particularly like it if the man involved is somehow eligible, in a mildly aspirational, Daily Mail kind of way: perhaps a student at St Andrews University, or a trainee lawyer.

Granted, being falsely accused of rape is a horrific thing to happen to you. And there are unquestionably some strange people out there, with all sorts of weird, vindictive or incomprehensible motives for falsely accusing someone of rape.
But why the excessive press coverage given to these rare occurrences?

Obviously there's a 'your worst nightmare' human interest angle. But the prominence given to false rape allegations also suggests a certain misogynist paranoia on the part of the press. These women, they'll have sex with you, feel guilty and run to the police. It's what they do.

This is similar to the equally erroneous (and widely held) idea that men are being charged with rape because issues of consent are so blurred: specifically, that if you go home with someone and you're both extremely drunk, then a man will have sex with a woman believing it to be consensual when the woman thinks otherwise.

Given any real thought, this situation is nonsensical. Many of us have been in, shall we say, confused situations because of alcohol, ranging from inconclusive snogs to sleeping with someone you shouldn't have. Good reasons for not sleeping with someone while drunk are surprisingly numerous: you or they are seeing someone else; not creating an unbearably tense situation by sleeping with a workmate; not messing someone around if the next day one party thinks it's the start of a serious relationship and the other would rather forget the whole thing.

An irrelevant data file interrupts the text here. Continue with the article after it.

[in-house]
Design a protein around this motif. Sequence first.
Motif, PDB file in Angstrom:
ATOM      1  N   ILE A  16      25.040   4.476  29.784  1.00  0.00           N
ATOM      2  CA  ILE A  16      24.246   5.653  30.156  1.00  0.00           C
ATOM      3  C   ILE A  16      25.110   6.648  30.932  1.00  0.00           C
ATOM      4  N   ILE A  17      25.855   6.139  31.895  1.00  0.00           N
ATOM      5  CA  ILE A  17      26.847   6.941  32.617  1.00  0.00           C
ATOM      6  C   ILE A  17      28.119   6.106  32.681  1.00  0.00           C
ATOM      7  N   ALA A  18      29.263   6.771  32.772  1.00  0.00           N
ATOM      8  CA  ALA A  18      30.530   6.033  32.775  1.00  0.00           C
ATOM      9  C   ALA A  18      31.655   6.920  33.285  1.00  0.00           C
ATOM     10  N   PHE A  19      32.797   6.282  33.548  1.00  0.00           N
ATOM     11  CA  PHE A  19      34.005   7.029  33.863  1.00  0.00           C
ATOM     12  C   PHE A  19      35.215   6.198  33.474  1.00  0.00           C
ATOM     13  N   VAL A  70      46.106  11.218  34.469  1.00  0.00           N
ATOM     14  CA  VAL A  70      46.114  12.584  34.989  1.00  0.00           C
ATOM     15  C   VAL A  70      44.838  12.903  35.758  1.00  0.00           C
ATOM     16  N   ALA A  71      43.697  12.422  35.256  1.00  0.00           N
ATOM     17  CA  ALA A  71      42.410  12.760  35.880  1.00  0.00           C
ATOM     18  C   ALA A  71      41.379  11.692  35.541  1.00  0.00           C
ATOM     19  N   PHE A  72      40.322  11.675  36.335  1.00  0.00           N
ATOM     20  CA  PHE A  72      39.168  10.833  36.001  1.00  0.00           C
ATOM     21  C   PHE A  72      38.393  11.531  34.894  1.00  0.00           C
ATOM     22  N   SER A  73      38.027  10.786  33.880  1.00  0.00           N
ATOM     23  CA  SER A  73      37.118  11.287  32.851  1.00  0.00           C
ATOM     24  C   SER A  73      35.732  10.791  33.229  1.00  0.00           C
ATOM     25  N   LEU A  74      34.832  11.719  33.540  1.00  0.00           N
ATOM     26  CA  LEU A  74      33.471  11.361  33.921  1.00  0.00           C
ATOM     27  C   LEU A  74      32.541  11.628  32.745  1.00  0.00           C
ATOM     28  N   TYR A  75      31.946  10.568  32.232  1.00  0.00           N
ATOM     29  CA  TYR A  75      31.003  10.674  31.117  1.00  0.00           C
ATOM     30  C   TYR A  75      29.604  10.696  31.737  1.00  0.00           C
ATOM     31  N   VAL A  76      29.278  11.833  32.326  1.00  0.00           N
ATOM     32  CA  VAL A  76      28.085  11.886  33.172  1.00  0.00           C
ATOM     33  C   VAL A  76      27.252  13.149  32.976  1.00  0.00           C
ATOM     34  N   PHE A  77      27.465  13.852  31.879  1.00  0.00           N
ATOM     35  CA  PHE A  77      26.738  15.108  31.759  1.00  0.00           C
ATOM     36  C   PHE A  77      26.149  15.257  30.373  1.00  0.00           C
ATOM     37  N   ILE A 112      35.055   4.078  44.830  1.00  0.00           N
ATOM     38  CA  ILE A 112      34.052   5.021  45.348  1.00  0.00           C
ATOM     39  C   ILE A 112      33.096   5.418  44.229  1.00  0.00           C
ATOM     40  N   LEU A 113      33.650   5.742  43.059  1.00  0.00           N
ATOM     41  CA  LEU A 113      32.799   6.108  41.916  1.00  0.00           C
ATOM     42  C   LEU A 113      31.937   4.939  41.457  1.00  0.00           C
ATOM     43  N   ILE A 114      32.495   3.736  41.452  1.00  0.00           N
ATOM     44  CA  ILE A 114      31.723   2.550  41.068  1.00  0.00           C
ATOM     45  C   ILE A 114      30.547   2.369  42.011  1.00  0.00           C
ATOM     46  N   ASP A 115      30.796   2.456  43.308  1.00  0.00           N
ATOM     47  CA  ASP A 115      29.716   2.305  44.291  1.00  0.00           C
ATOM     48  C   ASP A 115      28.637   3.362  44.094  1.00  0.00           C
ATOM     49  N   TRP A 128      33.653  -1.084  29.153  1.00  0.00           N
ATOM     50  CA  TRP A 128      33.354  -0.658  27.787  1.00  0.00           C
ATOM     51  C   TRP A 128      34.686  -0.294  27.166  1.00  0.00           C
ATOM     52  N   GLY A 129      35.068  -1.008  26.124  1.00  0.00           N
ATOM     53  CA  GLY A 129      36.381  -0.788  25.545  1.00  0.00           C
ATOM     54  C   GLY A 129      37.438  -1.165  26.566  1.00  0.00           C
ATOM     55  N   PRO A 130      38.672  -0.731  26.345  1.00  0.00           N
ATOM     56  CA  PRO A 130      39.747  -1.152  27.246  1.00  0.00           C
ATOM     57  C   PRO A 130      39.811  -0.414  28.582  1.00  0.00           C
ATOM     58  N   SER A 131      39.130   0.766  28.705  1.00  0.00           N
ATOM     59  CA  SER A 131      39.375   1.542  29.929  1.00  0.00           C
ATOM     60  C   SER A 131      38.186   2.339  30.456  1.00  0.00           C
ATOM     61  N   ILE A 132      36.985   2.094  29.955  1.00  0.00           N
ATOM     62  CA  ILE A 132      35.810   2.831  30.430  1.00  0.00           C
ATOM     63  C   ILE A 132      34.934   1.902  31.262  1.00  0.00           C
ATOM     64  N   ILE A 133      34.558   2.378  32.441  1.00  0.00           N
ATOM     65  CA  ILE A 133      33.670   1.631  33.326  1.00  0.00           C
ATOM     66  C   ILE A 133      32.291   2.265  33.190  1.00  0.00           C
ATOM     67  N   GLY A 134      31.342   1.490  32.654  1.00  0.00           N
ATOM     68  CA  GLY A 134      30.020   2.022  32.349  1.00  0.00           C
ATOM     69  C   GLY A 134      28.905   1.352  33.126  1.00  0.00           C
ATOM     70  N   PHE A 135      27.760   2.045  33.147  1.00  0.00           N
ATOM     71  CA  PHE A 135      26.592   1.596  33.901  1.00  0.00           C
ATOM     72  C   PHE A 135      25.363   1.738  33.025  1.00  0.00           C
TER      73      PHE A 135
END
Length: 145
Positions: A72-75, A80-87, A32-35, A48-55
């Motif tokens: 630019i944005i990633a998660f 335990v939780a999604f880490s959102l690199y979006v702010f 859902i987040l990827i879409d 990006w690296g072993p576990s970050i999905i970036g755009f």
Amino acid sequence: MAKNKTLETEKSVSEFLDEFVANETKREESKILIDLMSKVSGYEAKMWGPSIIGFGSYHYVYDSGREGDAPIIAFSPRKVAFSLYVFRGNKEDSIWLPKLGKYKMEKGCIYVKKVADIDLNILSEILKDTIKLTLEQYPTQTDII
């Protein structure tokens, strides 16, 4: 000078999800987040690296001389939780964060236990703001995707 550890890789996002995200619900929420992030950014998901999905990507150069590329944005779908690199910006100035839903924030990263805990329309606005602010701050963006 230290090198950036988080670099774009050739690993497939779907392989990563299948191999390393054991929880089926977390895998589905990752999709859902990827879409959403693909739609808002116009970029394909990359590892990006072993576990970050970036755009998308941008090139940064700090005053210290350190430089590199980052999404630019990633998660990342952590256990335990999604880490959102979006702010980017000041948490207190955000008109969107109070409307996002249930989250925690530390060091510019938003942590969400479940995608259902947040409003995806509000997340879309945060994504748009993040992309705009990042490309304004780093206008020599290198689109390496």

Thankfully, none of these situations has anything to do with rape, which is forcing someone to have sex, or, with regard to massive alcohol consumption, having sex with them while they're so drunk they're practically or actually unconscious. It's as different as waking up in bed with a splitting hangover and
remembering being a bit of an arse last night, and waking up to find yourself in police cells being charged with GBH.

But perhaps the most disturbing point made by Sawyer's article is that a woman's case is weakened by all sorts of factors that have no bearing on whether they've been raped: being drunk; whether the rapist is a 'real' rapist, i.e. a masked stranger rather than an acquaintance; their sexual history (in particular anything that can be construed as promiscuity) and even whether they've had an abortion in the past (this is something that defence lawyers will sometimes try to drop into the proceedings, despite its total irrelevance).

It's not surprising that people have preconceptions and prejudices, whether about sexual morality or trustworthiness or anything else. What is surprising is that these commonly held prejudices about women who have been raped were being publicly criticised in the 1980s, and now, over twenty years on, it seems
that very little has actually changed.

Comment on this article: letters@thefridaything.co.uk